These are my red chopsticks. They are world travelers! Among a few other treasures - my paper lanterns and prayer flags from Tibet, an intricately dyed and embroidered green batik from South China, coins, my photo albums (I didn't have a digital camera at the time) and a few special items that I bought for my first apartment - I brought my chopsticks home with me.
I love my collection of chopsticks, and I wish I'd bought a few more while I was there. I have a few fancy ones, given to me as gifts from my students, and my everyday ones similar to what I ate with in the Chinese households to which I had the honor of being invited to dinner, but these red ones are some of my favorites. I even wear them in my hair (not these exact ones, I have more than one set for different uses).
Ask my friend Jessica, and she'll tell you that I wanted to bring everything home with me when we returned to the States. My towels. My bathroom rug. Even my flowered plastic trash can. It was my first place, after all, and everything was special to me. But after much indecision and a lot of restraint, I limited what I brought home to just two jam-packed suitcases that flew back with me on the plane (this was when you were allowed to pack them up to 70 pounds each), and two boxes that I shipped back. (Now, it's very hard to imagine all of my belongings fitting into two suitcases and two boxes!) From my kitchen, I kept just two dishes that I had bought, a green coffee cup and a smaller green cup with a matching saucer. Amazingly, they didn't break on the journey home.
Last night, I pulled out the box containing little colorful silk purses from the Pearl Market in Beijing, my coins and paper money (including a counterfeit 20 yuan bill that I didn't know was a fake until I tried to spend it!), a few trinkets from Tibet. A glass Coca-Cola bottle from a dinner out with friends. Various business and hotel cards, as well as my coffee shop punch card and even my Bank of China card.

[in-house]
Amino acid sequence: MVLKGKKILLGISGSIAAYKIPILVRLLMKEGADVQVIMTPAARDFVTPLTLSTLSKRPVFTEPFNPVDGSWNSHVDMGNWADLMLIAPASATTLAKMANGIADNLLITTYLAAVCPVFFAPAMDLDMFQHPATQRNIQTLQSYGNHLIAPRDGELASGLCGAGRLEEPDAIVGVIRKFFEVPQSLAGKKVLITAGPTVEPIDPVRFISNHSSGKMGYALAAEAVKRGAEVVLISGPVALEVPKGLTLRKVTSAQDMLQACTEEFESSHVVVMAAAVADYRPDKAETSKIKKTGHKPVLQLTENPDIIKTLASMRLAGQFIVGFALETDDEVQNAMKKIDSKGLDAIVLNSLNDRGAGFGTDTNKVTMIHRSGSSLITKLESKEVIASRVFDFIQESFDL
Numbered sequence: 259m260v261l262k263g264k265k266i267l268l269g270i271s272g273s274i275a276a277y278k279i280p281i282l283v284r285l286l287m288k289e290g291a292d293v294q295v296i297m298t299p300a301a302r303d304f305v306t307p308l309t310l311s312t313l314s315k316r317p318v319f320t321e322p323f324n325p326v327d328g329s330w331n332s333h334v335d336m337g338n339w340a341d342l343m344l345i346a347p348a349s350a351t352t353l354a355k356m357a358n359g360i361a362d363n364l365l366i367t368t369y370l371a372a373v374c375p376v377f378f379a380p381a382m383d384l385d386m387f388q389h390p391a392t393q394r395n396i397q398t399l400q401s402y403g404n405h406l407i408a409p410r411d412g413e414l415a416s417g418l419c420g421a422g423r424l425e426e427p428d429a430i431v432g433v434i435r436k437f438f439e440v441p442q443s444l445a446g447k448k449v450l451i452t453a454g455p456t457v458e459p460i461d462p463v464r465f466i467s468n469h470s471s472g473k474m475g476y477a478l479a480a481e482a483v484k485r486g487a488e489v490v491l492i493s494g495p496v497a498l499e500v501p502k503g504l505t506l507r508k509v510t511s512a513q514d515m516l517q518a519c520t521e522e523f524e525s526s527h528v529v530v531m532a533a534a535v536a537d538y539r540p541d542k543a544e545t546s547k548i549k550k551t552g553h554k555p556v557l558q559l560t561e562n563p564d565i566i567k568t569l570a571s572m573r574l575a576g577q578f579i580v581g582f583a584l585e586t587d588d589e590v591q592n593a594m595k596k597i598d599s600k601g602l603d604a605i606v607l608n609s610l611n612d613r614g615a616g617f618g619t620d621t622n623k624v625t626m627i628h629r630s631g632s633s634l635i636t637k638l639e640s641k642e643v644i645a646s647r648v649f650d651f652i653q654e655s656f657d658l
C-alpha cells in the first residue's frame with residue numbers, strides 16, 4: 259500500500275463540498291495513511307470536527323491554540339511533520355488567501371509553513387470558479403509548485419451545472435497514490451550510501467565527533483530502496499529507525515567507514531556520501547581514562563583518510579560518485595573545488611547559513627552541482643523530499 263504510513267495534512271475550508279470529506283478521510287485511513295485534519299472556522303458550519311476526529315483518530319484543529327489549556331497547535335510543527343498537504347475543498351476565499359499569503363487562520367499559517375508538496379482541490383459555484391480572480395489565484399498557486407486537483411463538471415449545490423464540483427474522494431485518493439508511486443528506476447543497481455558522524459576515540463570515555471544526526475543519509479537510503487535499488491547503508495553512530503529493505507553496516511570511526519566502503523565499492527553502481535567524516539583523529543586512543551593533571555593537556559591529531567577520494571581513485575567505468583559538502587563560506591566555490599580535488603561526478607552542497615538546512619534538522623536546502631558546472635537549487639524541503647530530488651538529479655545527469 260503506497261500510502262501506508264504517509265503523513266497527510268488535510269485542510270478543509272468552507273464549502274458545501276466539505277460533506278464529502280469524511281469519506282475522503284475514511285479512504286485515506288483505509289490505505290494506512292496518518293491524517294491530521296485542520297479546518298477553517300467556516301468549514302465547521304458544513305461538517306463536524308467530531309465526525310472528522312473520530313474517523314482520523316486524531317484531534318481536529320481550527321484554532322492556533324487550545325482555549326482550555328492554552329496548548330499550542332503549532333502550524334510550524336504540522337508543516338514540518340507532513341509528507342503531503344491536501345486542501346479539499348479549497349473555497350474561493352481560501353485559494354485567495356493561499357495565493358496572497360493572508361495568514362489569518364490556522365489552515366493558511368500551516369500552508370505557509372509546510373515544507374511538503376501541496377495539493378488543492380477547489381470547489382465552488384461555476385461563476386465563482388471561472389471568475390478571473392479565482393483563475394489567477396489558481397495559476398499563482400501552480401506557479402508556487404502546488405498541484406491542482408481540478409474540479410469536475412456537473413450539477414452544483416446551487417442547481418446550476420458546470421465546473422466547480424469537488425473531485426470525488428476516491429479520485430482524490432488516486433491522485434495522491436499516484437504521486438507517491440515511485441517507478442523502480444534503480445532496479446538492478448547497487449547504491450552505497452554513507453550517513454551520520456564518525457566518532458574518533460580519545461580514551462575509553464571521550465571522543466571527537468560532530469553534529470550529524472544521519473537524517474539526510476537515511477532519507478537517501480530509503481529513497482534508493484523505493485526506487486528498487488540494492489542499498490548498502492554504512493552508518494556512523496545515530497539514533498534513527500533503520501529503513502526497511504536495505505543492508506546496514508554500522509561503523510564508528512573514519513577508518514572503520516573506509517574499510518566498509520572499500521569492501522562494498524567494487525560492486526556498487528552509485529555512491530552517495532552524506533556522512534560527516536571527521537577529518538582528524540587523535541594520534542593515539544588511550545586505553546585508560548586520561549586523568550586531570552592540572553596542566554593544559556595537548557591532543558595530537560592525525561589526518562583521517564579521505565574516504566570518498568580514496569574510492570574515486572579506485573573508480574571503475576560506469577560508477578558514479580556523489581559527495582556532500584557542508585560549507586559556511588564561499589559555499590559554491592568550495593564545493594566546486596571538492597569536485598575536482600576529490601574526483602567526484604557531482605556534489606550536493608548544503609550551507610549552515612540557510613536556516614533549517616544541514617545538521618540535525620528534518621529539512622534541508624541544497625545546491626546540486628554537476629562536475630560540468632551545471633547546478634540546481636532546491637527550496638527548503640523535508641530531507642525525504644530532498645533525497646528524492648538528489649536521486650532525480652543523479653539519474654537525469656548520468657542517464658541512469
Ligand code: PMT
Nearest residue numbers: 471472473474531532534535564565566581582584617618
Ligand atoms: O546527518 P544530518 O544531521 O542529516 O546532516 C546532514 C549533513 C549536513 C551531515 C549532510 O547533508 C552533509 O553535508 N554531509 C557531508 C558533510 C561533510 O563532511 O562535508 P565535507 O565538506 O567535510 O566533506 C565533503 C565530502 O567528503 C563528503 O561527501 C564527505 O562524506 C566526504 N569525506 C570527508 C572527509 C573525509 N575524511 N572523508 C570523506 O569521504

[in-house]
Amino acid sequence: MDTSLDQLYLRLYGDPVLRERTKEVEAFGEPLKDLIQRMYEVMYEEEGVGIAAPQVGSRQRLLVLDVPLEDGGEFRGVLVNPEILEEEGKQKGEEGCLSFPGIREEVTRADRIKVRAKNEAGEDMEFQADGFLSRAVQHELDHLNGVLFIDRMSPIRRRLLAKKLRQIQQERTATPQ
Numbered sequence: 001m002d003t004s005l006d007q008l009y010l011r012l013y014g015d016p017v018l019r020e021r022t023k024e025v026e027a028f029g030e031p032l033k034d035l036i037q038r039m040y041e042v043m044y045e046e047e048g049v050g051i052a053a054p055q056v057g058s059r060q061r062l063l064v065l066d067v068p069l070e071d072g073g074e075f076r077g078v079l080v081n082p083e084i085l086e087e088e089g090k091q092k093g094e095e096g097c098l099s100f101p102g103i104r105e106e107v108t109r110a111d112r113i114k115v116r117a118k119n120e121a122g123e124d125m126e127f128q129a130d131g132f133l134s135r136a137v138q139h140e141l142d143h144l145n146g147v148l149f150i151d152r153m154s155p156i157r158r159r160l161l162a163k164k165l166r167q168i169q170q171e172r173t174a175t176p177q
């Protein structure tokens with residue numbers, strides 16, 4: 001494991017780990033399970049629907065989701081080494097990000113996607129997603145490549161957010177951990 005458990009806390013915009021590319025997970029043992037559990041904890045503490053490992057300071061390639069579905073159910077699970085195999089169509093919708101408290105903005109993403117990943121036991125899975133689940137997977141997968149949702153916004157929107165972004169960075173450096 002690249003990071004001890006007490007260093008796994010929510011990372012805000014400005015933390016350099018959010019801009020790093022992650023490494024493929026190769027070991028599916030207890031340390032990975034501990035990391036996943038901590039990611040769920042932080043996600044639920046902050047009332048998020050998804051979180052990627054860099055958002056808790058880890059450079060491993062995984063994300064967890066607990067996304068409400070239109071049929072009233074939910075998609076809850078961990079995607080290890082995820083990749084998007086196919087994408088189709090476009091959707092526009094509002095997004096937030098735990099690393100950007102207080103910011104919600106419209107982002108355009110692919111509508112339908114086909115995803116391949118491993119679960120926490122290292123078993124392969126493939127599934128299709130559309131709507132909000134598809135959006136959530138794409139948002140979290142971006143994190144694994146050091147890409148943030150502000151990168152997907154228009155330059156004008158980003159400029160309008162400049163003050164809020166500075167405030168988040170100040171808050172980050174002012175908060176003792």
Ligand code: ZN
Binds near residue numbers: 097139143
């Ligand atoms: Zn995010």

Some people might consider all this junk. And maybe it is. But these are my treasures and they carry so many memories. They tell a story of another life, and even though I may never go back, I don't want to lose something that was such a significant part of me. And after all, it's just one little box of stuff, so I don't think I'm in any danger of becoming a hoarder. :)
Jamie and I make stir-fry for dinner just about every other week. It's healthy and quick to prepare on a weeknight, and we can vary it up with chicken, beef or shrimp, and any kind of veggies we want. I've never written down how I make it, but to share it with all of you, I jotted the recipe down last night. I like it a little spicy, so I'm pretty liberal with the chili garlic sauce, but go easy on that if the stuff scares you. This recipe can easily be tailored for many kinds of veggies and meat, so really this is just a starting point for your favorite combination of flavors.
I've made it many times before without adding cornstarch, but then there's a lot of flavorful liquid left in the bottom of the wok, so using the cornstarch will thicken everything up into a delicious sauce that coats all those wonderful vegetables so that you don't lose any flavor.
And the little rice pyramid... that was just for fun. Because food should be pretty - even simple and plain brown rice.
Shrimp and Veggie Stir Fry
- 1 pound raw shrimp, thawed
- 3 tablespoons cornstarch
- 4 tablespoons light or low-sodium soy sauce, divided
- 2 teaspoons chili garlic sauce, divided
- 1/4 teaspoon toasted sesame oil
- salt and pepper
- 2 broccoli florets, cut into bite-sized pieces
- 1/2 red onion, sliced
- 8 Baby Bella mushrooms, quartered (or your favorite mushroom)
- 2 cups (or a large handful) snow peas, trimmed
- 1 bell pepper, seeds and ribs removed, cut into bite-sized pieces
- 2 tablespoons vegetable oil
- 1 tablespoon rice vinegar
Peel and clean the shrimp, rinse well with cool water and place in a bowl. Add the cornstarch, 2 tablespoons soy sauce, 1 teaspoon chili garlic sauce and sesame oil. Add a pinch of salt and pepper, and toss to coat well. Set aside to marinate while you prepare the vegetables.
When the vegetables are prepped, heat the remaining 2 tablespoons soy sauce, 1 teaspoon chili garlic sauce and 2 tablespoons oil in a wok over medium high heat. Add all the vegetables and a little salt and pepper (don't over-salt the dish - remember that even light/low-sodium soy sauce still contains a good amount of salt) and cook, stirring frequently, for about 10 minutes until the vegetables are crisp-tender and still have a bright green color.
Add the shrimp and cook, stirring frequently, until the shrimp are cooked through, approximately 5 minutes. Remove wok from the heat and finish the dish by sprinkling with the rice vinegar.
Serve with white or brown rice.
Yields 4 servings.